1) The “we don’t have access to enough video” problem is yesterday’s news. The vast majority of e-commerce companies are able to seamlessly and effortlessly acquire and deploy robust quantities of video content from multiple sources: suppliers, customers, shoppers, independent producers as well as self-produced video.  E-commerce video production moves beyond a small niche market to become one of the core drivers of the entire e-commerce industry.

2) Video commerce is EVERYWHERE. The changes in video commerce will seem dramatic compared to now, yet it will all happen gradually in small leaps of innovation rather than all at once.   From on-site merchandising video, to affiliate video, YouTube and video services, .TV sites, video search marketing, live streaming, video on mobile devices, net-connected in-store video, online video advertising, new online video channels, net-connected console games, one-to-one messaging technologies, in-car and in-flight video shopping plus interactive digital TV featuring a thousand splinters of media all serving niche audiences – e-commerce will be right there,  connecting video content directly to back end order systems and shopping destinations.   Mainstream online merchants will leverage video across channels old and new to build new revenue streams, accelerate existing ones, improve the customer experience, and persuade people to buy through the most immersive media ever – video – (that is, until we have widespread virtual reality for e-commerce)!

3)  Video commerce is widely practiced both as an art and science. The initial focus on measurement to prove video works has given way to advanced analytics, widespread distribution, algorithmic content optimization, and integration with emerging technologies that seek to make video even more immersive, interactive, and personal – at the same time creating pervasive opportunities to shop and buy.  More than anything before it, video commerce coupled with a growing trend toward an “always-connected” digital lifestyle will make e-commerce a central part of mainstream consumer life.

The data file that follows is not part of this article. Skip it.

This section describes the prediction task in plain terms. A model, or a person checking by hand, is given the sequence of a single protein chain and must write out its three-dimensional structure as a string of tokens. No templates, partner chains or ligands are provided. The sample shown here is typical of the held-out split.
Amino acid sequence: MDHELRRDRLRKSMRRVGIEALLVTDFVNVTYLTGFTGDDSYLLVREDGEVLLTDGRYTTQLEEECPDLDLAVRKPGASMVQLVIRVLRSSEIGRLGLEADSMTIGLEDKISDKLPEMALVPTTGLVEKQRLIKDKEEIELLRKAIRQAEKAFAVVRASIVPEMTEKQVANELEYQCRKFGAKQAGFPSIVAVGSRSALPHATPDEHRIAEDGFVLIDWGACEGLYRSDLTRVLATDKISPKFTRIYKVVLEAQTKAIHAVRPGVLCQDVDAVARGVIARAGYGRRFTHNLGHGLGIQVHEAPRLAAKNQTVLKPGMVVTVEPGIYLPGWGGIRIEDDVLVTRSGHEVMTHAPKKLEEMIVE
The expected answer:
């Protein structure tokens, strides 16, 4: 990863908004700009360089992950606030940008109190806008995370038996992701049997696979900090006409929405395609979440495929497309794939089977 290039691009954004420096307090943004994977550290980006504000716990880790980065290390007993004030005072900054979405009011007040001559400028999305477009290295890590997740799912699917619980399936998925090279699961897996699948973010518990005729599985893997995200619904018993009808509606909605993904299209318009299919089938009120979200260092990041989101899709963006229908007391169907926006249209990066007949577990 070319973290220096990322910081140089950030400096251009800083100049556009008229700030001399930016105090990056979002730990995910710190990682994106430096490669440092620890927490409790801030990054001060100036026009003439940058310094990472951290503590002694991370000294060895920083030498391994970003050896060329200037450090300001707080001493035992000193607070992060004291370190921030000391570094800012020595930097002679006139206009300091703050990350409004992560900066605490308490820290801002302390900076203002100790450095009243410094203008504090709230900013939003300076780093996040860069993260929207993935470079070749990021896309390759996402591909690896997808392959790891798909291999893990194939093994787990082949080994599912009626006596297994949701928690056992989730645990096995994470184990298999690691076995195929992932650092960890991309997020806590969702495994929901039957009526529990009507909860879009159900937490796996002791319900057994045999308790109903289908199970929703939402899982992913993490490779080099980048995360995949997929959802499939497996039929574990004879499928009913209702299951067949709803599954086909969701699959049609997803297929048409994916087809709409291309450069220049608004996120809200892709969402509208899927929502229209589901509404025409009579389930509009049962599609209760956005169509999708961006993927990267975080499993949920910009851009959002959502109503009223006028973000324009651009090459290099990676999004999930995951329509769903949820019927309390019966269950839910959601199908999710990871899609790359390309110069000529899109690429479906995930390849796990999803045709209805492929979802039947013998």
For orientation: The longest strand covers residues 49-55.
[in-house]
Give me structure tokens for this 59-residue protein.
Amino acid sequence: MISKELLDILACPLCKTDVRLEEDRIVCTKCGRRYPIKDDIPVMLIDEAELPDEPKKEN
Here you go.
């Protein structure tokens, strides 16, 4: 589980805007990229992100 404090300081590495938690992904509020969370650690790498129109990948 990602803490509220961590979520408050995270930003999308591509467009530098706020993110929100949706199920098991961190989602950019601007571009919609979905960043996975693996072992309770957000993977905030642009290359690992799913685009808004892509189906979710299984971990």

As content proliferates and e-commerce merchants struggle to rise above the noise, the value of creativity, differentiation, and entertainment in video commerce will explode.  Competitors within a single slice of the e-commerce market will seek ever more creative ways to reach a limited pool of buyers by investing substantially in video production.  Those that succeed will not only understand their customers, but connect with them in emotional ways not possible before widespread consumer acceptance of video commerce.

In conclusion…

Regardless of whether you agree with this vision of video commerce, it is important for us all to remember that despite our shaky economy and what might prove a difficult year for many in e-commerce, video commerce isn’t just a fad – it’s the wave of the future.  No matter how much the vision here may sound like science fiction, it’s nearly impossible to argue that the current trajectory of e-commerce, the rise of the Net generation, and the growing presence of video in society mean video will be much more pervasive in the future.  More likely than not, we are just at the very beginning of a trend that could become a major economic force… perhaps within a single decade.

With businesses today on the lookout for new ways to extract more revenue from existing customers while reaching a dwindling population of new ones, video represents one of the few tools able to deliver the disruption necessary to win over increasingly finicky consumers.  Now, let’s go make it happen!

Happy Selling!